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THE PENTATEUCH

GENESIS ---EXODUS--- LEVITICUS 1.1-7.38 --- 8.1-11.47 --- 12.1-16.34--- 17.1-27.34--- NUMBERS 1-10--- 11-19--- 20-36--- DEUTERONOMY 1.1-4.44 --- 4.45-11.32 --- 12.1-29.1--- 29.2-34.12 --- THE BOOK OF JOSHUA --- THE BOOK OF JUDGES --- PSALMS 1-17--- ECCLESIASTES --- ISAIAH 1-5 --- 6-12 --- 13-23 --- 24-27 --- 28-35 --- 36-39 --- 40-48 --- 49-55--- 56-66--- EZEKIEL --- DANIEL 1-7 ---DANIEL 8-12 ---

NAHUM--- HABAKKUK---ZEPHANIAH ---ZECHARIAH --- THE GOSPEL OF MATTHEW ---THE GOSPEL OF MARK--- THE GOSPEL OF LUKE --- THE GOSPEL OF JOHN --- THE ACTS OF THE APOSTLES --- 1 CORINTHIANS 1-7 --- 8-16 --- 2 CORINTHIANS 1-7 --- 8-13 -- -GALATIANS --- EPHESIANS --- COLOSSIANS --- 1 THESSALONIANS --- 2 THESSALONIANS --- 1 TIMOTHY --- 2 TIMOTHY --- TITUS --- HEBREWS 1-6 --- 7-10 --- 11-13 --- JAMES --- JOHN'S LETTERS --- REVELATION

--- THE GOSPELS

Commentary on Deuteronomy part 4

By Dr Peter Pett BA BD (Hons-London) DD

Chapters 29 The Final Postscript.

Having reproclaimed the covenant of Sinai (5.1-30) in his great speech in the plains of Moab, but expounding it as a people's treaty (6-26), and having probably seen to the commencement of the recording of it in writing, Moses now calls for a true response to it in this follow-up speech. They had by now had time to consider all that he had spoken and to respond accordingly. The constant references to what has previously been said confirms the direct connection of this chapter with what has gone before.

The covenant at Sinai had been the official covenant, where all the provisions for ensuring their relationship with God had been included, including the setting up of the Sanctuary and the priesthood. It had been very much both declarative and ritualistic, although it had certainly demanded a response. The reproclamation in the plains of Moab (1.5-29.1) had deliberately been made as a 'popular' version, a people's covenant, with the emphasis on what the people themselves had to do, and a call for their response. Without the Sinai covenant, on which it relied for all cult stipulations, it was incomplete. But it was more personal to the people. Would they now respond to it?

These two chapters, 29-30, are thus a summary statement, referring back to what he has said and calling for response to it. This chapter contains within it all the essentials of the requirement for covenant response; the pre-history (29.2-8), the call for commitment (29.9, 12-13), the description of the prospective responders to the covenant (29.10-15), the warning against turning to any other Overlord (29.16-21), the curses which will fall on the whole nation for such disobedience if unchecked (29.22-23), the witnesses who would be against them if they did (29.24-28). The full details of the future are secret, and have been withheld, but what God requires of them has been made plain. It has been given to them within the covenant so that they will do it (29.29).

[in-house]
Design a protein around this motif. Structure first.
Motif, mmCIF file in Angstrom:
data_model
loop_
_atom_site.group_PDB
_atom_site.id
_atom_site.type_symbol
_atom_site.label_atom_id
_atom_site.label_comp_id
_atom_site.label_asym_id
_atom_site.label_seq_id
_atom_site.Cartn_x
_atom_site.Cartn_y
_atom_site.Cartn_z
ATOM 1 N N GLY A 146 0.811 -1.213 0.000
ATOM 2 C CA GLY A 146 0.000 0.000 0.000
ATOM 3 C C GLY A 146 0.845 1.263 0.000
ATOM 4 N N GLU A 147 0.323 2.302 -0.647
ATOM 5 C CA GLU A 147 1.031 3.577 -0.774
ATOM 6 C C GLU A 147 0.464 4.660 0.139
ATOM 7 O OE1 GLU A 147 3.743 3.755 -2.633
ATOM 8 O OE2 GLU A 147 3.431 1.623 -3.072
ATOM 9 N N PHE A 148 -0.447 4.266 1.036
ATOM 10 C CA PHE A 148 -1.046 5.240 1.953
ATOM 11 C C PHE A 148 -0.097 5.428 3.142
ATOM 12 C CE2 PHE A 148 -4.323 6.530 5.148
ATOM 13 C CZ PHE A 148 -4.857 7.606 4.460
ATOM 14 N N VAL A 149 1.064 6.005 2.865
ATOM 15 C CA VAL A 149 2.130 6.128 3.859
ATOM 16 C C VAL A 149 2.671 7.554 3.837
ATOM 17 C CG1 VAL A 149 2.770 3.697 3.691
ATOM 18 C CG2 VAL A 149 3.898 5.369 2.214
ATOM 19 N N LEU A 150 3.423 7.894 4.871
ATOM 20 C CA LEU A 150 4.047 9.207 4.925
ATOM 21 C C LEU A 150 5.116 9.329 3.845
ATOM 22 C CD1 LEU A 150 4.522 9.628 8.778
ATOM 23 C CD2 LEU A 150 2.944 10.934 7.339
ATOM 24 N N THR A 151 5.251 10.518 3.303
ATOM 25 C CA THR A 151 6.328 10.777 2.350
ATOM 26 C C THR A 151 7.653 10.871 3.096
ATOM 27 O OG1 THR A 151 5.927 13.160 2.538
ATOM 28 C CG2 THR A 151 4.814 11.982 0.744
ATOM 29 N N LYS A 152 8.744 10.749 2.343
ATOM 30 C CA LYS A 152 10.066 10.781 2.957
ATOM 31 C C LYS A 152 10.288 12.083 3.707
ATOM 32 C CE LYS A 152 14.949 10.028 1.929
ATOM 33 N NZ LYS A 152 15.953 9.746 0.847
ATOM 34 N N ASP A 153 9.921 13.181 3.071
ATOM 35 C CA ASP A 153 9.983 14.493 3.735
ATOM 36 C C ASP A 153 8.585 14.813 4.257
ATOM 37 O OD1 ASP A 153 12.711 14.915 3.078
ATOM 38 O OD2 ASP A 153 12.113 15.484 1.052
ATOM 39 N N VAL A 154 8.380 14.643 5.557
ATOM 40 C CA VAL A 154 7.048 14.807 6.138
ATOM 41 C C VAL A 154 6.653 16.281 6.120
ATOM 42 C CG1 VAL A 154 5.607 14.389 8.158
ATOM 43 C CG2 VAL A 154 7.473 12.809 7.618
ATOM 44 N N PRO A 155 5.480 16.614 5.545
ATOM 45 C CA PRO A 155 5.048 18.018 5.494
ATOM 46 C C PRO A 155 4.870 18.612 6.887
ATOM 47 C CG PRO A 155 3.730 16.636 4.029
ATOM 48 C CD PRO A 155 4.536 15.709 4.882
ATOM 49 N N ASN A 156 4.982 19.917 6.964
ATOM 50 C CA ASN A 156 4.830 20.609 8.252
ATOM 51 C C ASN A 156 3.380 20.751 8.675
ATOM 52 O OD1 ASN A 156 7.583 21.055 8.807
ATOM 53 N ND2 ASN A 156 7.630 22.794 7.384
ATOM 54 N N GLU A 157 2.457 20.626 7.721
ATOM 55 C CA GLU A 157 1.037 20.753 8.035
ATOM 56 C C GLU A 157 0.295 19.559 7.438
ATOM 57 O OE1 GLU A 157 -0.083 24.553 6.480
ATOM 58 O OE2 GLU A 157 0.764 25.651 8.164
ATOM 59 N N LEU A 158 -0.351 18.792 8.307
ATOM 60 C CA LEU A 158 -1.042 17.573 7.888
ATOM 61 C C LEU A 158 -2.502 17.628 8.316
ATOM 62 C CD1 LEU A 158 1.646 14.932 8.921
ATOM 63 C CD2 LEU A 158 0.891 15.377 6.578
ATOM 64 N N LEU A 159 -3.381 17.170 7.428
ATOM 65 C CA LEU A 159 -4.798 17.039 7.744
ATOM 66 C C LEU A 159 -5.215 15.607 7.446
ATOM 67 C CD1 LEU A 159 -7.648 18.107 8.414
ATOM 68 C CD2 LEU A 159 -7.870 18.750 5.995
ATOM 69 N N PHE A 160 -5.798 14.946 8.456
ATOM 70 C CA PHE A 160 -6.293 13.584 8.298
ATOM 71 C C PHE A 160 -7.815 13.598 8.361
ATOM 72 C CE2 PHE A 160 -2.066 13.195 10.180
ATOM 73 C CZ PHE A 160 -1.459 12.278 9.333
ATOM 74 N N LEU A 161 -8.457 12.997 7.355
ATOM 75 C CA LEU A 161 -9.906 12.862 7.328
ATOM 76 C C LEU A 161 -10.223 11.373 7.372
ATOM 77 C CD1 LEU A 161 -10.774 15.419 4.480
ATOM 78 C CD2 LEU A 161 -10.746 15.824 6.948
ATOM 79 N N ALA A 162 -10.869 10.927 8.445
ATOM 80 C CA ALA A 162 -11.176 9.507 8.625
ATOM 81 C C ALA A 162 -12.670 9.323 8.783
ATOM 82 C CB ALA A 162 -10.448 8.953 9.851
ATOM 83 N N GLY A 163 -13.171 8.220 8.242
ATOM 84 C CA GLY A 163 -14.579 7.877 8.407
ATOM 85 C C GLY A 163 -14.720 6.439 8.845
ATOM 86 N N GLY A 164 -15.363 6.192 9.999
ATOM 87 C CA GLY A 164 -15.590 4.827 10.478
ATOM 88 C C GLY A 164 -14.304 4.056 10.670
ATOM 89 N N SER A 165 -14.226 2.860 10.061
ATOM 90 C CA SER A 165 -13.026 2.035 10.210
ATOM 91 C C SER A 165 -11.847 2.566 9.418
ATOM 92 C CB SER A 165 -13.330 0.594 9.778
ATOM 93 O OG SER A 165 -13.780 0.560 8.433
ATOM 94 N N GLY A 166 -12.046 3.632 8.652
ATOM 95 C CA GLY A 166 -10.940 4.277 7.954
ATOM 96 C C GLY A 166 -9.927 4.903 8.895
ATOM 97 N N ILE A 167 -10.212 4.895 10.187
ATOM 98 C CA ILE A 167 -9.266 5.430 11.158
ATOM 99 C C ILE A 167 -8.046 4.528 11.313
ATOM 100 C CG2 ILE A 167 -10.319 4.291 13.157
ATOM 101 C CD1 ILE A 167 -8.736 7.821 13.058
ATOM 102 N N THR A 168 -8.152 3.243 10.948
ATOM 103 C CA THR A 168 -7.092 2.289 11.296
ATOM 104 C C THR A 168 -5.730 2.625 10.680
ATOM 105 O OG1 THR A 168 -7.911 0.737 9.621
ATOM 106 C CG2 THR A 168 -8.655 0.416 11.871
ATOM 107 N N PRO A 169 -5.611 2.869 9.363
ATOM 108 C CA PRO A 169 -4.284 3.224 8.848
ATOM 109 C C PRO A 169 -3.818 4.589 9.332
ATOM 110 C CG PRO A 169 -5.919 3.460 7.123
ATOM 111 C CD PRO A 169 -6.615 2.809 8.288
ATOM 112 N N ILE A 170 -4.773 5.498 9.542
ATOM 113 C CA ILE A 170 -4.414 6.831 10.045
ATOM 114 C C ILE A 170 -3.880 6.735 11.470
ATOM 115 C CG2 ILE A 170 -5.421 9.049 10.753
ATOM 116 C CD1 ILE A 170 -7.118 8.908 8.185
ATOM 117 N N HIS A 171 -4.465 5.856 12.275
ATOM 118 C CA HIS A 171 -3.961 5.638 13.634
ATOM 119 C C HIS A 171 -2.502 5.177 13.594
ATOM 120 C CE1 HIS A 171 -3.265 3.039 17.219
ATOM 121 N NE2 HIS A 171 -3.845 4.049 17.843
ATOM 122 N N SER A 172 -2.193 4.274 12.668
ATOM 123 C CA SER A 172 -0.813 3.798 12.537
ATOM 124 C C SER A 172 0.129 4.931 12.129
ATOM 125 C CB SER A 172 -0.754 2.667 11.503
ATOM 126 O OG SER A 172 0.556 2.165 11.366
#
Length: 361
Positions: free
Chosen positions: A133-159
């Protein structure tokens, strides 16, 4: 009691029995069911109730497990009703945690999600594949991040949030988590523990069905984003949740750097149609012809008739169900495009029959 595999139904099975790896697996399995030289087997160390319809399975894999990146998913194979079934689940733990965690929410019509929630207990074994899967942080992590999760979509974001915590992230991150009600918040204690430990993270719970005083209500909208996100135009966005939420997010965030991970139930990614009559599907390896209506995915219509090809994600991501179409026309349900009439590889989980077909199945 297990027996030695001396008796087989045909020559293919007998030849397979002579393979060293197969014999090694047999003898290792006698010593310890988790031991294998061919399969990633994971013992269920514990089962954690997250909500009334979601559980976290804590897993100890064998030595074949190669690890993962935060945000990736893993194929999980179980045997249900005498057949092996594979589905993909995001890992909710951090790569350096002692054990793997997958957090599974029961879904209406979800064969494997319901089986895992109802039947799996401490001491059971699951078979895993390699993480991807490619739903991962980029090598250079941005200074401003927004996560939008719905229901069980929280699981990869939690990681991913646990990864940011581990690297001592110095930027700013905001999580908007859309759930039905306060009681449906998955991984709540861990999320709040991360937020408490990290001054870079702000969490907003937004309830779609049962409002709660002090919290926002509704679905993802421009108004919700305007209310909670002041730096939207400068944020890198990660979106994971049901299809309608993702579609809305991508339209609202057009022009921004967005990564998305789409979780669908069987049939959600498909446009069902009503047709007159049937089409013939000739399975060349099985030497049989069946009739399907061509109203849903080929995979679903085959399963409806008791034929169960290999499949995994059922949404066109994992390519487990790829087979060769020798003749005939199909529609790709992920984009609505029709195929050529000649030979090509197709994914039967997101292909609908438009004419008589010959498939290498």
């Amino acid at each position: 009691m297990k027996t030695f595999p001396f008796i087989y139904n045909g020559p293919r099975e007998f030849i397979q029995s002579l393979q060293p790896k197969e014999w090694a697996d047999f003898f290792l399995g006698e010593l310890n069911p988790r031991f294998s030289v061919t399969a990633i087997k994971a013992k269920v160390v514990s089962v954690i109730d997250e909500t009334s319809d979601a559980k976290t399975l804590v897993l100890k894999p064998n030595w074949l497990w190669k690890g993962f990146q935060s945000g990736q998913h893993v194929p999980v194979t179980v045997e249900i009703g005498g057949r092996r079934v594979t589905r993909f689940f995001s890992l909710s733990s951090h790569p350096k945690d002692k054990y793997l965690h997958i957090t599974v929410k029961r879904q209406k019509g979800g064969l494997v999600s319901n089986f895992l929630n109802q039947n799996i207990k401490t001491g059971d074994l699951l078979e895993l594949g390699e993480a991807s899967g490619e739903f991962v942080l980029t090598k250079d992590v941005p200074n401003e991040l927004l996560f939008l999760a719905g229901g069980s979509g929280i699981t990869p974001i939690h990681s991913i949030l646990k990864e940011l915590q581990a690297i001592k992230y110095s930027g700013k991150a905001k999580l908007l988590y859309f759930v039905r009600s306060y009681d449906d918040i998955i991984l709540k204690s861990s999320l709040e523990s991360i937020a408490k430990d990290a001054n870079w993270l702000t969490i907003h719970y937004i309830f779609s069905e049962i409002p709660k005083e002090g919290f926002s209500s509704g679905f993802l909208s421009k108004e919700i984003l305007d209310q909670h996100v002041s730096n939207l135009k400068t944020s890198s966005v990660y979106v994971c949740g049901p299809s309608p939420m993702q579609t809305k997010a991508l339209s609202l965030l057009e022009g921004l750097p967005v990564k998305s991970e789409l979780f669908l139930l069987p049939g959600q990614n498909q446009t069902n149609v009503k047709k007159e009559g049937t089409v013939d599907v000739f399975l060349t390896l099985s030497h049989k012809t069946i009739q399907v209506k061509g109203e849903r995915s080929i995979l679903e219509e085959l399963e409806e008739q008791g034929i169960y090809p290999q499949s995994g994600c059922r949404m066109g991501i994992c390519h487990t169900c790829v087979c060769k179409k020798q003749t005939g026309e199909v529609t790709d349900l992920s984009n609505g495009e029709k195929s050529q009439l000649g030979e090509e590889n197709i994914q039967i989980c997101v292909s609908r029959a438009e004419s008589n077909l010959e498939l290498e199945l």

But, even if they do fail, chapter 30 then describes the future possibility of a way back. Even then if there is true repentance Yahweh will restore them (30.1-9). But this too will depend on response to the covenant (30.10). For this covenant is not hidden and unreachable. It is not a secret. It is open before them (30.11-14). The choice is with them whether they choose life or death with all the consequences resulting from each (30.15-20).

A Quick Resume Of Their History (29.2-8).

In the light of the covenant which he had given (29.1), he began by a quick reminder of their reasons for confidence in Yahweh, and of why they should be grateful to Him so that they should respond accordingly. He cited four things, Yahweh's deliverance from Egypt (compare 1.30; 4.20, 34, 37; 5.6, 15; 6.12, 21-22; 7.8, 18; 11.3-4; 20.1; 26.8), His care in the wilderness (see 8.2-4; compare 1.31), the crushing defeats of Sihon and Og (see 1.4 2.24-3.17 4.45-46; 31.4), and their reception of the land which had once belonged to those kings. He feared that they had not yet really laid hold of these lessons by faith. They had failed to really take in what the past should have taught them.

How quickly we too forget so easily all the He has done for us.

Note that while mention of the deliverance from Egypt appears all through his previous covenant speeches, the details of the care in the wilderness came only in the second speech, while the emphasis on Sihon and Og came only in the first speech, demonstrating that both are in mind in this summary which has the whole book in mind seen as a whole.

Analysis using the words of Moses: